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ConCourt rules against Clicks in long battle with independent pharmacies

Clicks has lost its seven-year battle with independent pharmacies over its ownership of both pharmacies and a drug manufacturer, after the Constitutional Court ruled the company had contravened regulations to the Pharmacy Act, reports Business Day.

The judgment creates an immediate headache for the JSE-listed health and beauty retailer, as it reinstates a previous High Court ruling instructing the Department of Health to determine how to sanction the company.

There’s also the possibility that it will have to sell its pharmaceutical manufacturing subsidiary Unicorn Pharmaceuticals, which could affect its profit margins.

The Constitutional Court said while the Health Department could withdraw Clicks’ pharmacy licences or close the pharmacies down, such action would be “very drastic”. It suggested Clicks be given an opportunity to regularise the situation by divesting itself of Unicorn.

The Independent Community Pharmacy Association (ICPA) launched its challenge against Clicks in 2016, arguing its corporate structure created a conflict of interest, since its pharmacists had an incentive to recommend medicines sold by another subsidiary in the group.

Clicks Holdings owns all of the shares in New Clicks, which holds all shares in Unicorn and all shares in Clicks Investments. Unicorn owns a licensed manufacturing pharmacy that has 39 generic medicines registered with the SA Health Products Regulatory Authority (Sahpra), while Clicks Investments owns all of the shares in Clicks Retailers, which in turn owns 673 pharmacies.

The ICPA, representing more than 1 200 independently owned pharmacies, first filed a complaint with the department and asked it to revoke Unicorn’s manufacturing licence and Clicks Retailers’ pharmacy licence. When that bid failed, it took the matter to the Western Cape High Court.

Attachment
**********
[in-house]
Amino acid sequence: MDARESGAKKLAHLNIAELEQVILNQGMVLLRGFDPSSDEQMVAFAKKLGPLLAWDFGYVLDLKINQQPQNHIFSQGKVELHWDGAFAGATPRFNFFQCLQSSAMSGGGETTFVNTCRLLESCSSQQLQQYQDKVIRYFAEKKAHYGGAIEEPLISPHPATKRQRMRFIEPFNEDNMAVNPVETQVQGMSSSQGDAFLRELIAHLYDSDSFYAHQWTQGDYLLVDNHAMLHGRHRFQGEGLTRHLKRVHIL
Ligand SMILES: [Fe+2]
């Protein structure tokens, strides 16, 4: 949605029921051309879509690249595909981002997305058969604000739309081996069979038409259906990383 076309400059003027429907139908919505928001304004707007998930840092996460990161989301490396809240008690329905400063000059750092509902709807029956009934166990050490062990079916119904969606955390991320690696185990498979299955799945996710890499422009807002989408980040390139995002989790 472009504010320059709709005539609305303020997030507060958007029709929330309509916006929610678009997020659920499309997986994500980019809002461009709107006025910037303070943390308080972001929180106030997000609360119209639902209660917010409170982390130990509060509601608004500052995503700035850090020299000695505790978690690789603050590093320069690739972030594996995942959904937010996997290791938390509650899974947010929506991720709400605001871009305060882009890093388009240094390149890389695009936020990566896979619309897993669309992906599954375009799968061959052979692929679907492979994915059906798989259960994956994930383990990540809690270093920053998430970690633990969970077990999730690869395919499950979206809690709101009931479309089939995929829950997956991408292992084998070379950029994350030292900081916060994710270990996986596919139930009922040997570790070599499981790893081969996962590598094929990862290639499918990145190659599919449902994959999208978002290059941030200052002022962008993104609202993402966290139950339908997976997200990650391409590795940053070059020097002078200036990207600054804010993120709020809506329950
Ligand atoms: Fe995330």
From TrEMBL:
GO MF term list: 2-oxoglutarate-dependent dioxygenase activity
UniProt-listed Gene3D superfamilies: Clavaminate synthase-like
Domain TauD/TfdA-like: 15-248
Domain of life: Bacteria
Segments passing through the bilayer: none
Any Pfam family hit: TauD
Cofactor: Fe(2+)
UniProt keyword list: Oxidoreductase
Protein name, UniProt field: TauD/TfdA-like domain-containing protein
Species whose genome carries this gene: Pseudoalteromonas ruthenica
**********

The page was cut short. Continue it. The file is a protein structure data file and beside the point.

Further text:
The central legal issue was whether the term “beneficial interest” in the Pharmacy Act’s regulations governing the ownership and licensing of pharmacies includes owning shares in a company that owns a pharmacy business.

Regulation 6 of these rules says “any person may … own or have a beneficial interest in a community pharmacy on condition that such a person, or in the case of a body corporate, the shareholder, director, trustee, beneficiary or member … is not the owner or the holder of any direct or indirect beneficial interest in a manufacturing pharmacy”.

The ICPA argued that the corporate structure of Clicks gave companies in the group a beneficial interest in pharmacies while simultaneously holding a beneficial interest in a manufacturing pharmacy, in contravention of these regulations.


Business Day article – Independent pharmacies win battle to halt Clicks dispensing own drugs (Restricted access)


See more from MedicalBrief archives:


Clicks clash with independent pharmacies heads to Constitutional Court


Clicks Group’s SCA wins appeal over ICPA complaint on pharmacies


Clicks buys Pick n Pay’s retail pharmacy business





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